LITTLE attention appears to have been given to the passing of the bills that would allow the state to privatise beaches. This was the line taken by Greens deputy, Charalambos Theopemptou, who strongly opposed the bills approved by the legislature last Friday.
An area of beach with a quay or docking area could now be classed as state land and as such, it could be sold or leased, said Theopemptou.
In practice, any hotel owner, who had a quay or docking area, will now be able to take ownership of the beach by reaching an agreement with the government. The final decision would be at the discretion of the interior minister, he warned. And let us not forget two former interior ministers ended up in prison for corruption.
The new legislation might seem harmless – an alleged attempt to overcome some practical difficulties in the management of the beaches – but considering the way things work in Cyprus we can only fear the worse. This is a case of opening the door to the eventual creation of private beaches, not just for hotels but also for developers, who would be able to charge huge amounts of money for properties with a private beach.
During the House debate, one deputy said the law would allow the creation of fish farms, which seemed a peculiar point to make considering such farms already exist. Another deputy pointed out that the Limassol marina was private, but still served the public interest, which is a fair point, but not a convincing argument in terms of the need of the new legislation.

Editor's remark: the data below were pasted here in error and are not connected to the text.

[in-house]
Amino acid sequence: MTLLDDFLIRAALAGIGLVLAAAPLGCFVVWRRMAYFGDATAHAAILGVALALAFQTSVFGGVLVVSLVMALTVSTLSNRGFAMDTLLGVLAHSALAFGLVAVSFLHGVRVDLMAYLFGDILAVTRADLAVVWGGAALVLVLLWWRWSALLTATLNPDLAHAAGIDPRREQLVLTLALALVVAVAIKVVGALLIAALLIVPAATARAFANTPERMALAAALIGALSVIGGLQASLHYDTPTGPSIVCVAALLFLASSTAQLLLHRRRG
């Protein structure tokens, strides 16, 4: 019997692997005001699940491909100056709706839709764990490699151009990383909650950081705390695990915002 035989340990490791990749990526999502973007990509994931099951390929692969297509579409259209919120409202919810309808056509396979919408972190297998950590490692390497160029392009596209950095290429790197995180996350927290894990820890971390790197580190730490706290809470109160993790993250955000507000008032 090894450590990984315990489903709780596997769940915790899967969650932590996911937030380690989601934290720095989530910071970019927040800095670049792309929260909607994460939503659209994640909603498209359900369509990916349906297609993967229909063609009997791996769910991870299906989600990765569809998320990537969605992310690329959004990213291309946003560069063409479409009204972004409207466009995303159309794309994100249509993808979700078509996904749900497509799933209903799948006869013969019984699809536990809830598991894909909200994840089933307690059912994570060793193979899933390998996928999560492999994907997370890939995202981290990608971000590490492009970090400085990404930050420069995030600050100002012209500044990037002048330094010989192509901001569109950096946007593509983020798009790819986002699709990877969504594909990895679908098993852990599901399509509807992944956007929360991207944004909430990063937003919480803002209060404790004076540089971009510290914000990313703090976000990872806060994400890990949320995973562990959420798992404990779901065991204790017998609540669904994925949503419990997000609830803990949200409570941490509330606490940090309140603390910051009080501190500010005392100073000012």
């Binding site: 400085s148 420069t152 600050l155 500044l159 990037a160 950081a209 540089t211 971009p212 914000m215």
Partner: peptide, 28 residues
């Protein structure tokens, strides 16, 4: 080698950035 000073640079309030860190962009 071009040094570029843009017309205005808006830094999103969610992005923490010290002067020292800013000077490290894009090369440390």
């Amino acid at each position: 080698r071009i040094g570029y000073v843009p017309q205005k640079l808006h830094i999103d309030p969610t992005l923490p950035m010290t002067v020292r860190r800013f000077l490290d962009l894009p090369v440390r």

The absence of this legislation has not prevented the building of marinas. One is under construction in Ayia Napa, while others are planned for Paralimni, Paphos and Larnaca.
Bearing in mind existing legislation does not prevent the building of marinas or quays it is difficult to understand the point of the new laws, unless the government has an agenda regarding private beaches for hotels and developments.
One deputy claimed last Friday that the laws would serve narrow private interests and it is difficult to disagree. It is also difficult to be certain the new laws will not be abused by government at some point in the future because there is a history of favourable treatment for select individuals.
We can only express the hope that we do not eventually follow the example of places like Lebanon where the best beaches are private and ordinary people have to pay a fortune to be able to use them.